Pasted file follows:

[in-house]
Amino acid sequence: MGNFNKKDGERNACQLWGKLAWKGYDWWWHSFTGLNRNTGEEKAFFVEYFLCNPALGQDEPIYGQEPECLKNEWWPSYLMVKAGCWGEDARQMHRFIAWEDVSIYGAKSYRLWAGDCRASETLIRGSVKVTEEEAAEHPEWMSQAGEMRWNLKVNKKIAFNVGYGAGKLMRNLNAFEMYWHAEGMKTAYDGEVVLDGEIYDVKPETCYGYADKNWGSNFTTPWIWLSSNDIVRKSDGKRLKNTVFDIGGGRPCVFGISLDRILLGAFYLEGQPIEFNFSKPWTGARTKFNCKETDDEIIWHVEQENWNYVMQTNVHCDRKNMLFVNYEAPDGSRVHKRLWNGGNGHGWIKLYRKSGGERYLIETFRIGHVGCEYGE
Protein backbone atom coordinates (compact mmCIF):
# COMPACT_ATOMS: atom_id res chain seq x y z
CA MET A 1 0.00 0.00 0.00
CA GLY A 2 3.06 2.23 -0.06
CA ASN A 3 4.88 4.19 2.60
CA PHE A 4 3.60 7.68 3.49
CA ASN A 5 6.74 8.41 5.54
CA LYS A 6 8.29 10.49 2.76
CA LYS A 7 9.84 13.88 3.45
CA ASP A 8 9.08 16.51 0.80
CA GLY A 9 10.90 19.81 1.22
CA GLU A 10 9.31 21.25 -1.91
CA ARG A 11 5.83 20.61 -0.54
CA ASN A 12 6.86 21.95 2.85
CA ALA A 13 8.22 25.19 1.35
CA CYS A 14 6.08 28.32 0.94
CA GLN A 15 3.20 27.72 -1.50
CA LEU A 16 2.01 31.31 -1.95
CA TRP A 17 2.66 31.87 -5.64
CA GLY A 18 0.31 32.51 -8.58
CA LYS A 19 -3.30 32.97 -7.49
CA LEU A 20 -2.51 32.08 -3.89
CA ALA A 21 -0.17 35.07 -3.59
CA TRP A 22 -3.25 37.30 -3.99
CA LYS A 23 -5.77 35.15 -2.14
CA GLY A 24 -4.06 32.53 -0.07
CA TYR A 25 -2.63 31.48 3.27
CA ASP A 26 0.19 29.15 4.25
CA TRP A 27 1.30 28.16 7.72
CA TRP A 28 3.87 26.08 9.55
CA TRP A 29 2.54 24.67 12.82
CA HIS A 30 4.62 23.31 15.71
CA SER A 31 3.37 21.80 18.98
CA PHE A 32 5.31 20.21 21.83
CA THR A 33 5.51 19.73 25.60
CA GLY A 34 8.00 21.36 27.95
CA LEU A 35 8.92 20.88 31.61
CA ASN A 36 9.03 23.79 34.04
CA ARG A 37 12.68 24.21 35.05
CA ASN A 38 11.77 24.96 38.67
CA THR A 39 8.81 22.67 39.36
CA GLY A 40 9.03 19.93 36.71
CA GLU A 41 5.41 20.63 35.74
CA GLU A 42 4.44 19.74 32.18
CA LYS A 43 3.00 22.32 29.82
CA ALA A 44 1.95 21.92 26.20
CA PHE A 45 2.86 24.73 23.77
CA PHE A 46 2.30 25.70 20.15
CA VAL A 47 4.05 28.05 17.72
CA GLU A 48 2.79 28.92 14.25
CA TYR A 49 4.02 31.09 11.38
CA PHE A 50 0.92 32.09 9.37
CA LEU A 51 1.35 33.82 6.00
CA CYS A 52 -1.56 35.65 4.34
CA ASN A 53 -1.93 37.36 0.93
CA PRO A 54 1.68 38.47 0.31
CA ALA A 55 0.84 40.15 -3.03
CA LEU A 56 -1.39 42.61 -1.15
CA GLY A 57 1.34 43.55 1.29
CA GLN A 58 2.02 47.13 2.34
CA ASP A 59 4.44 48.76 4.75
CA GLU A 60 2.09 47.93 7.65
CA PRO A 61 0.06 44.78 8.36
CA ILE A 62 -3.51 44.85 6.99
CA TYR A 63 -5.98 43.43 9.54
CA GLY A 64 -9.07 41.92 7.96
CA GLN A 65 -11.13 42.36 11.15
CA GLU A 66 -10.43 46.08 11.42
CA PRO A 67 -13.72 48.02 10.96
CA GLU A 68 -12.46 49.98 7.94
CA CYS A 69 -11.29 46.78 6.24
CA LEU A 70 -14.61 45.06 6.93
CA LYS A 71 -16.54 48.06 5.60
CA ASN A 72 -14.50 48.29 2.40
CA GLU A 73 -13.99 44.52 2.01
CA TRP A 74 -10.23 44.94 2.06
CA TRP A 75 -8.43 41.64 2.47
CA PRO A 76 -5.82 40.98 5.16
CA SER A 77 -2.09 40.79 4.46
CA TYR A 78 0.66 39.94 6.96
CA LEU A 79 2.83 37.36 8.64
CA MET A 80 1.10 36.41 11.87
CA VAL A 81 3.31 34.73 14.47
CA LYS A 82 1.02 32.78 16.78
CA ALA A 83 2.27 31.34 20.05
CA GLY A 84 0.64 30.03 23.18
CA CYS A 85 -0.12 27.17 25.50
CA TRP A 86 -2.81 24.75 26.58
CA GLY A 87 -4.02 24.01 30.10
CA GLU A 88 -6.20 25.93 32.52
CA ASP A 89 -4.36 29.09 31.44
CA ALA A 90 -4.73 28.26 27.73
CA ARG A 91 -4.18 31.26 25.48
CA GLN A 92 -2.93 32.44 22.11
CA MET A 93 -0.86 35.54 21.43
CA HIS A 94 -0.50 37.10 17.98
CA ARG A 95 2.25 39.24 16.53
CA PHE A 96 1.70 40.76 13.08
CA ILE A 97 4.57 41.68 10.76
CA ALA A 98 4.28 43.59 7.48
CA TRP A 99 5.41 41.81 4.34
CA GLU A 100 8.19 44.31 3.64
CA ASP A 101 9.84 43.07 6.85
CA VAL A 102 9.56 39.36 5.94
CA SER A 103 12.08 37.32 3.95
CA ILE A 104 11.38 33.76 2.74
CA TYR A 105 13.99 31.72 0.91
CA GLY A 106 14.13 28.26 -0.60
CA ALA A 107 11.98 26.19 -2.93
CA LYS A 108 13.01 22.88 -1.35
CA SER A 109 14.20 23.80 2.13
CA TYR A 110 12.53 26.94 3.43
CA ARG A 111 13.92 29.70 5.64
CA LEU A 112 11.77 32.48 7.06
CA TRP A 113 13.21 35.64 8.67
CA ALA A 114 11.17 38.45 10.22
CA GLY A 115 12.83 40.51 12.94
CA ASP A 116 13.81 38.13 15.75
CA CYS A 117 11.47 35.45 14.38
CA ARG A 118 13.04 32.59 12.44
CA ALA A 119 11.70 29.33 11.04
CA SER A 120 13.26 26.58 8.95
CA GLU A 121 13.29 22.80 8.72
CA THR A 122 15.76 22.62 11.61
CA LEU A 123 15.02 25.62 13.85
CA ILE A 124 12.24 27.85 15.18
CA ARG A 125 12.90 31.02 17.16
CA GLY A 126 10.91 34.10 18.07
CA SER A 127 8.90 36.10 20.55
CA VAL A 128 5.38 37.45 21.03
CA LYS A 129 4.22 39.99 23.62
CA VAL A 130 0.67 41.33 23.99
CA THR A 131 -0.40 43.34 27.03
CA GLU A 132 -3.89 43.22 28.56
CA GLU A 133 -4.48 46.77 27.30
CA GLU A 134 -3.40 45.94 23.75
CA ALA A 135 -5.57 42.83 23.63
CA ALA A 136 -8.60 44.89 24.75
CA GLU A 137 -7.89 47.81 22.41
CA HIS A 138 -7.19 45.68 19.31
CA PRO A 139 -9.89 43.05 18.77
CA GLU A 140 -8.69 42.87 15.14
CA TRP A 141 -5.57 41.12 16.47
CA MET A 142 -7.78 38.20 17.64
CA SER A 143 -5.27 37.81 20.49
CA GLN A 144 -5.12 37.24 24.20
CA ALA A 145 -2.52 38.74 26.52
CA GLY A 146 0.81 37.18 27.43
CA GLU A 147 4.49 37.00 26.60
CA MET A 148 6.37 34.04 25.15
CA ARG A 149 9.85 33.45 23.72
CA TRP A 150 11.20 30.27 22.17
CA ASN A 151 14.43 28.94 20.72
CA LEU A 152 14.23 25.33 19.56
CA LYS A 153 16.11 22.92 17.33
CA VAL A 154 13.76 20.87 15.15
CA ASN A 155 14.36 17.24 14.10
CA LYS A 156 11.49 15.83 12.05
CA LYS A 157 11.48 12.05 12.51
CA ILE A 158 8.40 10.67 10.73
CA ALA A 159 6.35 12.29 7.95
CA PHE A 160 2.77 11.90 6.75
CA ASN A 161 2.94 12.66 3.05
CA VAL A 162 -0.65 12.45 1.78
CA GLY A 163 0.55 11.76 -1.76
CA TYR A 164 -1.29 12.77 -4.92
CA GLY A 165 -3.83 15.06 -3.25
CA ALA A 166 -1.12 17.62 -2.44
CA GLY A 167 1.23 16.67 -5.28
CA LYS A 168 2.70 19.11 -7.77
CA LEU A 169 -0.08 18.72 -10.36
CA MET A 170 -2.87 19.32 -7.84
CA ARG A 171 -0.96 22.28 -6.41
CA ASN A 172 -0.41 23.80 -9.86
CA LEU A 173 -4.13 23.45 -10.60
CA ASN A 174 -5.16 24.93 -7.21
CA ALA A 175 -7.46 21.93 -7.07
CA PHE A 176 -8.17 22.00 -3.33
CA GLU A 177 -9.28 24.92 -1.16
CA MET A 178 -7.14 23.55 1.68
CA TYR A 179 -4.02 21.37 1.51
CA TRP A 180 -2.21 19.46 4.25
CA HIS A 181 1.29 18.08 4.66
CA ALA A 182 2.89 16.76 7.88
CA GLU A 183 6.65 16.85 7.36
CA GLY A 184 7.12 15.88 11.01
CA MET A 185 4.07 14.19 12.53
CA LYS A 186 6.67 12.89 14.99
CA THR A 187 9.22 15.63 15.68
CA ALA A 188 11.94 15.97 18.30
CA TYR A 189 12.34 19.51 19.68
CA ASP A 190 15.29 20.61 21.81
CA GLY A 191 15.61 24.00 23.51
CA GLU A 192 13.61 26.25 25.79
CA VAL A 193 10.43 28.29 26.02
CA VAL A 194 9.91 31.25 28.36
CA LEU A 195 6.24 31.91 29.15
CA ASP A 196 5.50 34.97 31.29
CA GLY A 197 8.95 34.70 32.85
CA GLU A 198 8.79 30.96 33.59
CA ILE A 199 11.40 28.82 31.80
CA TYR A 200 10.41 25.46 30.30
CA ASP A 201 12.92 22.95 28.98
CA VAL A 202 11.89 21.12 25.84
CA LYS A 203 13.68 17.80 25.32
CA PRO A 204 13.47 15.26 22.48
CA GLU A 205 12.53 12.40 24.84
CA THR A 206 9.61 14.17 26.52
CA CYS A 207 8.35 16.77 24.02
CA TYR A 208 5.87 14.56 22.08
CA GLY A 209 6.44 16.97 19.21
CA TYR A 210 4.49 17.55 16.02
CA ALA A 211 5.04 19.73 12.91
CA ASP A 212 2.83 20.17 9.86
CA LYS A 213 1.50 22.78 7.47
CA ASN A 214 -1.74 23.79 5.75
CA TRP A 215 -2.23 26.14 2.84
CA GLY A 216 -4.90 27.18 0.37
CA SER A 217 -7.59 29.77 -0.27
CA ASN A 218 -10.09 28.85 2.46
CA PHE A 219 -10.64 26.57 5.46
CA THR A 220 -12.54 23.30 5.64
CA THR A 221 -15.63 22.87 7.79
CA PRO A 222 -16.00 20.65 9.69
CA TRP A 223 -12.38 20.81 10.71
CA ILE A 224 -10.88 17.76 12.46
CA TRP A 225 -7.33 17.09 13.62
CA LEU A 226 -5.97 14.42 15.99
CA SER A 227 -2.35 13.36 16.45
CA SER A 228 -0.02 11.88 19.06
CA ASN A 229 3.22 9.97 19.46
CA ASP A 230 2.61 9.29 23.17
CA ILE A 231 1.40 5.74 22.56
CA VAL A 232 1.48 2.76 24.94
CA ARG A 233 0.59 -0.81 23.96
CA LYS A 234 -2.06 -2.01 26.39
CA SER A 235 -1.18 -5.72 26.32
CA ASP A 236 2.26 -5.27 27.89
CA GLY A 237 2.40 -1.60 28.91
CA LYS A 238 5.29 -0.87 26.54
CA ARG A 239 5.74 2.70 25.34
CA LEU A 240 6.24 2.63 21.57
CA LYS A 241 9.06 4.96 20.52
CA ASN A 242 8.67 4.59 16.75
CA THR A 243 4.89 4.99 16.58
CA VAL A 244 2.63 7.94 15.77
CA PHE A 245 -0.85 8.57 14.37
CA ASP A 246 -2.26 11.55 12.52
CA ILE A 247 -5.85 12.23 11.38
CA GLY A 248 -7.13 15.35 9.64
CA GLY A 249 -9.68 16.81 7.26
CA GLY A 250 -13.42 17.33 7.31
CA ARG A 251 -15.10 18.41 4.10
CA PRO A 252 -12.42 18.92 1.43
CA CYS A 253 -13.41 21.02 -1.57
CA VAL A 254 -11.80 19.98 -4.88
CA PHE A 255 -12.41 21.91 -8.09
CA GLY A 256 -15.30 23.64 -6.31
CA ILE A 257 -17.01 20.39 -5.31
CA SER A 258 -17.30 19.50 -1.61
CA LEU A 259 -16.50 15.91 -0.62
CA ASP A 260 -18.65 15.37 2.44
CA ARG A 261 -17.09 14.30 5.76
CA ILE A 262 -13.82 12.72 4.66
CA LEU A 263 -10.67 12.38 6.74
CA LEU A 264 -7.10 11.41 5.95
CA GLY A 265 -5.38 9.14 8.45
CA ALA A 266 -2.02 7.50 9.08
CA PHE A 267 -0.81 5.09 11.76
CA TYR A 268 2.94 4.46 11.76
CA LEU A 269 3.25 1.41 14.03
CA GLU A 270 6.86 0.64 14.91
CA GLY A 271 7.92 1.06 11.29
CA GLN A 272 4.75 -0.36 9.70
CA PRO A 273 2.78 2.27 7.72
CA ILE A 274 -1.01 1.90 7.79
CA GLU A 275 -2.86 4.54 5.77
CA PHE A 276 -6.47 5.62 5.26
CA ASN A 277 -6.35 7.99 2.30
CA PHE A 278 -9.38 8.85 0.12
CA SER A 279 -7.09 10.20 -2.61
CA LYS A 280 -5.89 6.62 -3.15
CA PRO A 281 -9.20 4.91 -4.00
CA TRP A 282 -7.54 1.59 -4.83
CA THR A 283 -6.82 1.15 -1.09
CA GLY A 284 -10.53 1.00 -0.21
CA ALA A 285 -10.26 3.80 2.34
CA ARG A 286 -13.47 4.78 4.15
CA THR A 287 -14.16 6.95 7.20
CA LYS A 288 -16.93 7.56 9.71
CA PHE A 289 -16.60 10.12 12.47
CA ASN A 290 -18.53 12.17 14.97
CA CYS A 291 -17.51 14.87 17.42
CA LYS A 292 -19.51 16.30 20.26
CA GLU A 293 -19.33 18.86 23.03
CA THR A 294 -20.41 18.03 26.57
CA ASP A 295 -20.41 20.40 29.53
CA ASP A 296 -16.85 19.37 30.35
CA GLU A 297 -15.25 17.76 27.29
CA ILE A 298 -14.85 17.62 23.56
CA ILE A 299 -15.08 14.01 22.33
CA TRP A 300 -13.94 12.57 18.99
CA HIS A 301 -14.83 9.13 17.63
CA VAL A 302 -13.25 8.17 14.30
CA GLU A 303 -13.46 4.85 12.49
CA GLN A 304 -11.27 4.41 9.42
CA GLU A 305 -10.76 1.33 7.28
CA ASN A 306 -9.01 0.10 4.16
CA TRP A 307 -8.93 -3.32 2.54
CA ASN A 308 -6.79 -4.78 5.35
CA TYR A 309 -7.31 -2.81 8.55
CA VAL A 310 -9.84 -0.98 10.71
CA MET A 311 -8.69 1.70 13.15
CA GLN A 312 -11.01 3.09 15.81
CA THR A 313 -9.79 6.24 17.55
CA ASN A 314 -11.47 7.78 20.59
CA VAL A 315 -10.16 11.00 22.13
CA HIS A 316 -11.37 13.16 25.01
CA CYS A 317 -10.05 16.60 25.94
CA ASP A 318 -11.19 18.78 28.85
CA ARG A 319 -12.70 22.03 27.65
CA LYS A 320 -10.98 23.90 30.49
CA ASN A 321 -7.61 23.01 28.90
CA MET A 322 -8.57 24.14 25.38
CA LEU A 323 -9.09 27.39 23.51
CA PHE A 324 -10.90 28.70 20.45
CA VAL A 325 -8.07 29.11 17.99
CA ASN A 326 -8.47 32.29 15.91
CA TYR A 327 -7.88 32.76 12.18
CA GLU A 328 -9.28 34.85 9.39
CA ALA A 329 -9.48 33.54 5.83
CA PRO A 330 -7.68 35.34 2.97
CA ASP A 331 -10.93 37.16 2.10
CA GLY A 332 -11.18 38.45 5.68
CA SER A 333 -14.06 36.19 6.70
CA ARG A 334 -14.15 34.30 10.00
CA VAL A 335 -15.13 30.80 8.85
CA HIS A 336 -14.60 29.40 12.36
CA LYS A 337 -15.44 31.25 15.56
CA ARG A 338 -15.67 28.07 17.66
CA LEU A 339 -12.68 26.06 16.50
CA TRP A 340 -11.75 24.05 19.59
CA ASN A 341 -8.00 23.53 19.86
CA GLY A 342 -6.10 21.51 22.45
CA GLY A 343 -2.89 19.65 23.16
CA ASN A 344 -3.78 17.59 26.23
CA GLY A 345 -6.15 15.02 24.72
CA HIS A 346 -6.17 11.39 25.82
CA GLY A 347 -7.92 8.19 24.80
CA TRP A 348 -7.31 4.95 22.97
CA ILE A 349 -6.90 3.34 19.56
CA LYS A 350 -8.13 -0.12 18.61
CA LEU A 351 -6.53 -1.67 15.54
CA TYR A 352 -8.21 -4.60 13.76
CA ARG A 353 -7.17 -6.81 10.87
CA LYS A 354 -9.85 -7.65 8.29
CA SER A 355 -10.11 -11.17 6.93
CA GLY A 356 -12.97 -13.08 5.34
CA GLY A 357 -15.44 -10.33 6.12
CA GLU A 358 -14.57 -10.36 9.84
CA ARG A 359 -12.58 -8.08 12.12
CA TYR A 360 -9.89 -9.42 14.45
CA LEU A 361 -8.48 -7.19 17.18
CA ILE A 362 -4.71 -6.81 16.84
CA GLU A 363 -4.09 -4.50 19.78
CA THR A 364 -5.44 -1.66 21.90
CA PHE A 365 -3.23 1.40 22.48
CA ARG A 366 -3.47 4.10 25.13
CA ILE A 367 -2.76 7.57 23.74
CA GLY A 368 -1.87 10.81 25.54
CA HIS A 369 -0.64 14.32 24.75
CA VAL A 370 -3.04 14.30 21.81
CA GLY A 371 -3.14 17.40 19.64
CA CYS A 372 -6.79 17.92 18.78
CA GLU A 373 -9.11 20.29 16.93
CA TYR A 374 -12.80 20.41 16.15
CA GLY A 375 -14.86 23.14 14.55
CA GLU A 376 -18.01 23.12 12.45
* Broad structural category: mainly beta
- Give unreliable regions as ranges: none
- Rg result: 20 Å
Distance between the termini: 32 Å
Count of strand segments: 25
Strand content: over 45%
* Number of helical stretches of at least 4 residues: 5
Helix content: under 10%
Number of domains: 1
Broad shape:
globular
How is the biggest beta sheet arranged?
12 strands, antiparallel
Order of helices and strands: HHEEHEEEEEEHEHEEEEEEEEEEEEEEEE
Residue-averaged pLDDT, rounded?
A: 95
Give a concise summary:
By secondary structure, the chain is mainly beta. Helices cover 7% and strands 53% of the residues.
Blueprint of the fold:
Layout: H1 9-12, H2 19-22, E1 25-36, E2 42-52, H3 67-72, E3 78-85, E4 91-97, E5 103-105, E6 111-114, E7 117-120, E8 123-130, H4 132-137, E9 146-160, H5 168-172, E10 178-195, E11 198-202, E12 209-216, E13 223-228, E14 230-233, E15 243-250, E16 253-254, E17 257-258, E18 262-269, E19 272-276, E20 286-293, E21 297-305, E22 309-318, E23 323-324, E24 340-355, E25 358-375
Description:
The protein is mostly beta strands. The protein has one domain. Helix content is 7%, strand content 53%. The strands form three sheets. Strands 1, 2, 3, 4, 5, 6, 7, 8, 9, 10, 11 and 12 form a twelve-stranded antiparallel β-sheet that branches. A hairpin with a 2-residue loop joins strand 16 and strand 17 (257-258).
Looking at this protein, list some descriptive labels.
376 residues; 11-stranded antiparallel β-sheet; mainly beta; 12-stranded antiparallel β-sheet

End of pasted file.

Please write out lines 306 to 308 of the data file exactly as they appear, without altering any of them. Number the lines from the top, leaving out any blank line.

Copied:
CA VAL A 302 -13.25 8.17 14.30
CA GLU A 303 -13.46 4.85 12.49
CA GLN A 304 -11.27 4.41 9.42